Parikrama is one of India’s most revered rock bands. Formed in 1991 in New Delhi, they’ve forged their unique identity in the Indian music scene. Even though they have been around for almost 30 years, Parikrama have not released a single full length album. The band just prefers to give its music away for free. The band also famously doesn’t usually record its songs in the studio. Most of Parikrama’s music available for listeners is from their live shows. In fact, when they were asked about the possibility of releasing a compilation album featuring their live recordings, Parikrama just asked people to download their songs and create their own album in whichever way they want.
“Vapourize” is one of Parikrama’s most famous songs, specifically their performance of the song during the Download Festival in UK. The stunning screams of Nitin Malik and the magical leads and solos of the late great Sonam Sherpa were some of the highlights of the track. On top of that, there was a magical violin section near the end as well. This “lockdown version” has none of those elements. However, it’s not just a softened or “unplugged” version of the fiery original, it’s a completely different take on the song. The aggression has been toned down quite a bit. As edgy and fiery the original “Vapourize” was, the “lockdown edition” is far more laid-back and stripped.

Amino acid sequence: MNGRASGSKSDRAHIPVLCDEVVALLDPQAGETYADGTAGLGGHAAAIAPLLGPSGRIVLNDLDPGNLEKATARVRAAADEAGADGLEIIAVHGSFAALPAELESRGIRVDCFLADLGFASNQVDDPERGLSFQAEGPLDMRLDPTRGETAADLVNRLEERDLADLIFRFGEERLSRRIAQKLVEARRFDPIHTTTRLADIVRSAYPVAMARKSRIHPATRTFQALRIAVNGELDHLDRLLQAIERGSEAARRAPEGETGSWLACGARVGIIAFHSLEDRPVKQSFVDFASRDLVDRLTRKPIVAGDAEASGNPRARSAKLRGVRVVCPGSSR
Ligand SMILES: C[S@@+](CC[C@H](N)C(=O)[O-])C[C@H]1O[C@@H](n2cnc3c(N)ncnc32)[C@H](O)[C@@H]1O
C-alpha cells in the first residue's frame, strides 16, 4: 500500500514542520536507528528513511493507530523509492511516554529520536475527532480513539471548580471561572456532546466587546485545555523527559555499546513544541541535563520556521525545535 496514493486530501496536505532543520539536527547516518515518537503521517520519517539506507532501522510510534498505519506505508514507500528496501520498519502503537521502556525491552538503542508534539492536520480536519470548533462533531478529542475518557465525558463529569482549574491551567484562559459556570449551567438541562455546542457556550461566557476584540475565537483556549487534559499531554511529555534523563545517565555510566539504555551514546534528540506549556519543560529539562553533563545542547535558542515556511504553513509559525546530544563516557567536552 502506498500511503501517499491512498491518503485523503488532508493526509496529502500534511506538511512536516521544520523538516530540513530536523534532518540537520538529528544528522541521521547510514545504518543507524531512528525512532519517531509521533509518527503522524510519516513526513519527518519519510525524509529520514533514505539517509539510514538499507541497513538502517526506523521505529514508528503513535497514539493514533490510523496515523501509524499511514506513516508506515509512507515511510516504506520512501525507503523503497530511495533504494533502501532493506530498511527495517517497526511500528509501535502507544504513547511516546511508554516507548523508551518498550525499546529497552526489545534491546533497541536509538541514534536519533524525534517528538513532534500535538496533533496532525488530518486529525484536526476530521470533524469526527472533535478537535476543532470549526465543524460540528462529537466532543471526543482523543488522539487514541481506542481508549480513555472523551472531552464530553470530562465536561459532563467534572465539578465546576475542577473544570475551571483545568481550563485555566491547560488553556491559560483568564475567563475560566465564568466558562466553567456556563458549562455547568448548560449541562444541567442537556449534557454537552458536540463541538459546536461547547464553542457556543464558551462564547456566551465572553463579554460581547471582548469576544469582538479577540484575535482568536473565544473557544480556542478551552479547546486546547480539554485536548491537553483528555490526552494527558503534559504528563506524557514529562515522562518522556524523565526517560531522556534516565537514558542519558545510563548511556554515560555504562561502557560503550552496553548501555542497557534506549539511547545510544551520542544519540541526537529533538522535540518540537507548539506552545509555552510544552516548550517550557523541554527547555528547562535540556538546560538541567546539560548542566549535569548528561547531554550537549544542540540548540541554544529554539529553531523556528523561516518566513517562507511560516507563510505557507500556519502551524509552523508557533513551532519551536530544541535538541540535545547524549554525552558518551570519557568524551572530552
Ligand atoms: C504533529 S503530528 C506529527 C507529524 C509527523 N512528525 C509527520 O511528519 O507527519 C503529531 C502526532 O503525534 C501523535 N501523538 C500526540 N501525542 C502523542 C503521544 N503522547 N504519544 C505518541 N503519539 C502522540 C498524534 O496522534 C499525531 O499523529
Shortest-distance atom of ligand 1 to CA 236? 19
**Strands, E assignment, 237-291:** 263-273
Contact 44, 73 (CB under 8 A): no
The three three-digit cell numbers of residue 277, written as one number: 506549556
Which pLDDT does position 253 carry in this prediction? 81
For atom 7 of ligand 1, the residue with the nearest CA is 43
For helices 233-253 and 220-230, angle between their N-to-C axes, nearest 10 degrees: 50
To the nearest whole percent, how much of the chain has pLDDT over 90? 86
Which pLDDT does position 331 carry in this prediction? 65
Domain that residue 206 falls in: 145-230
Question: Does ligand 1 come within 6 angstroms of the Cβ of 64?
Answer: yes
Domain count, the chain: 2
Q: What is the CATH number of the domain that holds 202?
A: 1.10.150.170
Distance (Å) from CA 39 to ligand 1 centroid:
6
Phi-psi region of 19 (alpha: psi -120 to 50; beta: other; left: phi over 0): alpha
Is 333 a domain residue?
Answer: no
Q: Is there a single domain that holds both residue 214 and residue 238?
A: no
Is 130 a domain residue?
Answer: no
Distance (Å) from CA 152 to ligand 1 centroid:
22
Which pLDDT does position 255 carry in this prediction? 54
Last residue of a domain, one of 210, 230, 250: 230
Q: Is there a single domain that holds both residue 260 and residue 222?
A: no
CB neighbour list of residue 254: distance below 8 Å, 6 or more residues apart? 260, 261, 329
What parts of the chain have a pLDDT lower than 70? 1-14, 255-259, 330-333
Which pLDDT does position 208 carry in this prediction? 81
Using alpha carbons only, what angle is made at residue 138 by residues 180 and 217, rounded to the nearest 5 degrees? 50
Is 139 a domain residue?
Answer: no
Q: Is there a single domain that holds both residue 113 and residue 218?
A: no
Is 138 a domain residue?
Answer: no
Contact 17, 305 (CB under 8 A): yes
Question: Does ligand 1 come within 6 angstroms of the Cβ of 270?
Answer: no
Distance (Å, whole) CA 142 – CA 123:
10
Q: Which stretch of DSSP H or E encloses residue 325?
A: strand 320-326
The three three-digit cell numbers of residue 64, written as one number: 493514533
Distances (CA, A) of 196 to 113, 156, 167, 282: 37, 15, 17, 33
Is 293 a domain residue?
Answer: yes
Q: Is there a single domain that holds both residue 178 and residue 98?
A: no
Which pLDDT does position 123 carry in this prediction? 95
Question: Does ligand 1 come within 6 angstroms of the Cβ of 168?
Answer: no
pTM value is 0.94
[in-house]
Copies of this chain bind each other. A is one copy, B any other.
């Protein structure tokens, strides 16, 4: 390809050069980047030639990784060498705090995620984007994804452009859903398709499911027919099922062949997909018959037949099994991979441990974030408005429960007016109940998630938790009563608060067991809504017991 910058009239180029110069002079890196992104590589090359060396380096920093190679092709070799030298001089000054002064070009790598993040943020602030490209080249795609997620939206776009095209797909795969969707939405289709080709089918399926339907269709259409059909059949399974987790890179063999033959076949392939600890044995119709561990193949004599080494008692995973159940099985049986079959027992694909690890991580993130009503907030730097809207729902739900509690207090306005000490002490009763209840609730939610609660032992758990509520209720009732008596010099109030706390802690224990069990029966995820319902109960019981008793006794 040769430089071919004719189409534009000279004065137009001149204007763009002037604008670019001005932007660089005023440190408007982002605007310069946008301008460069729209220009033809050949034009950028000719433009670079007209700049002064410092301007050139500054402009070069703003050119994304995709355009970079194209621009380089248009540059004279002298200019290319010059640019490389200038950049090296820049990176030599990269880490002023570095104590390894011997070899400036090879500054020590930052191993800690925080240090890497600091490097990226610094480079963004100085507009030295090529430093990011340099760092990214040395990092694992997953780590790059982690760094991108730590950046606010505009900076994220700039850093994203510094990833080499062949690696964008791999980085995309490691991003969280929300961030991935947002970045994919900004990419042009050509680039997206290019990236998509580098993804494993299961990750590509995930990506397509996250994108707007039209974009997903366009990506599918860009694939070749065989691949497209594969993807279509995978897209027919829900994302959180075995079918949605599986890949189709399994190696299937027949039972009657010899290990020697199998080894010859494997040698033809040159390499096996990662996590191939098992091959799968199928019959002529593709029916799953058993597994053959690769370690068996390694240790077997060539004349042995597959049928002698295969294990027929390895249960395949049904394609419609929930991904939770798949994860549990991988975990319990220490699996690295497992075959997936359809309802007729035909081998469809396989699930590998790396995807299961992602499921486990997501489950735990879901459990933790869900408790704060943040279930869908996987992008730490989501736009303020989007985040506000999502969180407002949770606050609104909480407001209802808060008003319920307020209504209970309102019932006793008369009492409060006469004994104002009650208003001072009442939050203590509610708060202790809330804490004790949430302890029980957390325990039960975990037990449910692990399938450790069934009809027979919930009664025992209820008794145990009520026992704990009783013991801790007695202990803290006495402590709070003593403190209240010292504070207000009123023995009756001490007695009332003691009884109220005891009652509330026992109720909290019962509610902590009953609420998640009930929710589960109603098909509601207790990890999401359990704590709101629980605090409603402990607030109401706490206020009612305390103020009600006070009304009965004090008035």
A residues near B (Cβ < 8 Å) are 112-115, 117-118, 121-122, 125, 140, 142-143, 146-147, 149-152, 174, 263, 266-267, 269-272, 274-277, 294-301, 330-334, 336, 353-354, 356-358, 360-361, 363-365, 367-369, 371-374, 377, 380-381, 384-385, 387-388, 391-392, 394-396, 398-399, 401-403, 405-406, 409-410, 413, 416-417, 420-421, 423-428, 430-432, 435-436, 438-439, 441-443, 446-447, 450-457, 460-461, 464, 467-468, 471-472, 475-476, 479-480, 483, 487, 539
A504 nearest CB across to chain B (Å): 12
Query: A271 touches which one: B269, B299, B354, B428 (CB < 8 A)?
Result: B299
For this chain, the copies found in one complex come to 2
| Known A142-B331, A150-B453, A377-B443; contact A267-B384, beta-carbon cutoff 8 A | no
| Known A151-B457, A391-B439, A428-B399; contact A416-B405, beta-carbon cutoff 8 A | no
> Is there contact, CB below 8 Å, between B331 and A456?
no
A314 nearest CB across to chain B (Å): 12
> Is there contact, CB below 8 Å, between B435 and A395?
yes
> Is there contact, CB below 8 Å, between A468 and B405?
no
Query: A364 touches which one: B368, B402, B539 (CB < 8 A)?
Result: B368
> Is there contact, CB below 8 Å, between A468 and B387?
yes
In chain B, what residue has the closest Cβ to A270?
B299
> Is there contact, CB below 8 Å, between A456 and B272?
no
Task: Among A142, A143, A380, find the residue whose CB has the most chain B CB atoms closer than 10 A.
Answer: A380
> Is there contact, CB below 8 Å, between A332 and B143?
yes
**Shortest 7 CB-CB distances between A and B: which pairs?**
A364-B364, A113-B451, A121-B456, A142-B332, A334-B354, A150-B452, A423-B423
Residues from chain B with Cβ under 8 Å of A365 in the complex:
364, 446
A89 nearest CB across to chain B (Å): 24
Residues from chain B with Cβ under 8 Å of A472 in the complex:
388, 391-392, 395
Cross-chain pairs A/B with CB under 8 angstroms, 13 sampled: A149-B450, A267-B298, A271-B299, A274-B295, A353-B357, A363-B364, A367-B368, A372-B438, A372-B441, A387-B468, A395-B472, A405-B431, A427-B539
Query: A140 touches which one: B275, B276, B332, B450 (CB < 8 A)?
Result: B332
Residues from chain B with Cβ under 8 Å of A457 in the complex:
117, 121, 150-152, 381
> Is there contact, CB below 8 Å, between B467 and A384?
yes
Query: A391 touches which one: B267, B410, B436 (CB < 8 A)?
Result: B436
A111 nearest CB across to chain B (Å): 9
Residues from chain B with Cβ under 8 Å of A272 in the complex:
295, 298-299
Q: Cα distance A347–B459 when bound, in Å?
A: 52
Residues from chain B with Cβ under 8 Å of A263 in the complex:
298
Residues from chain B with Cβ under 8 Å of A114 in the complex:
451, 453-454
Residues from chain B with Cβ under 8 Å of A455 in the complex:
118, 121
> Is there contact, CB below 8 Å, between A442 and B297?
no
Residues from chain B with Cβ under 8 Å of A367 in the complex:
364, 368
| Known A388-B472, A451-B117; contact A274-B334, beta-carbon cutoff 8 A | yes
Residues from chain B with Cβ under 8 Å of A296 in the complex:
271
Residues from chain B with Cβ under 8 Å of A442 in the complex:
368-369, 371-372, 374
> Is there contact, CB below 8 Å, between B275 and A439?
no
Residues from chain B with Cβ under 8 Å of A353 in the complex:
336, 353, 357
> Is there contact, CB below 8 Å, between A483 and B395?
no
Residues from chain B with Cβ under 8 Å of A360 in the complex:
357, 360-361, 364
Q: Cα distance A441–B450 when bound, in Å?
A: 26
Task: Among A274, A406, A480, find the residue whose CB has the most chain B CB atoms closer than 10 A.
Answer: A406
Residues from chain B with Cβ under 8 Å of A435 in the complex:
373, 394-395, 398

The project was created with the idea of supporting two great causes, the plight of daily wage workers affected by Covid and West Bengal by the cyclone. The initial idea was to create a swing version of the classic but the band’s drummer Srijan Mahajan came up with this arrangement and the band members loved it a lot and decided to go ahead with it.
The song is well written (or re-written) and performed and even features a short and sweet sitar solo by Dhruv Bedi. If you enjoy mellowed down versions of fiery hard rock songs, you will probably like this song, if you don’t, you probably won’t.
Press the play button without expecting a hard rock number and you will most probably end up enjoying it. A lot of times, good music is crushed under the weight of unfair expectations. So approach it with an open mind.
Verdict: An interesting take on the fiery classic.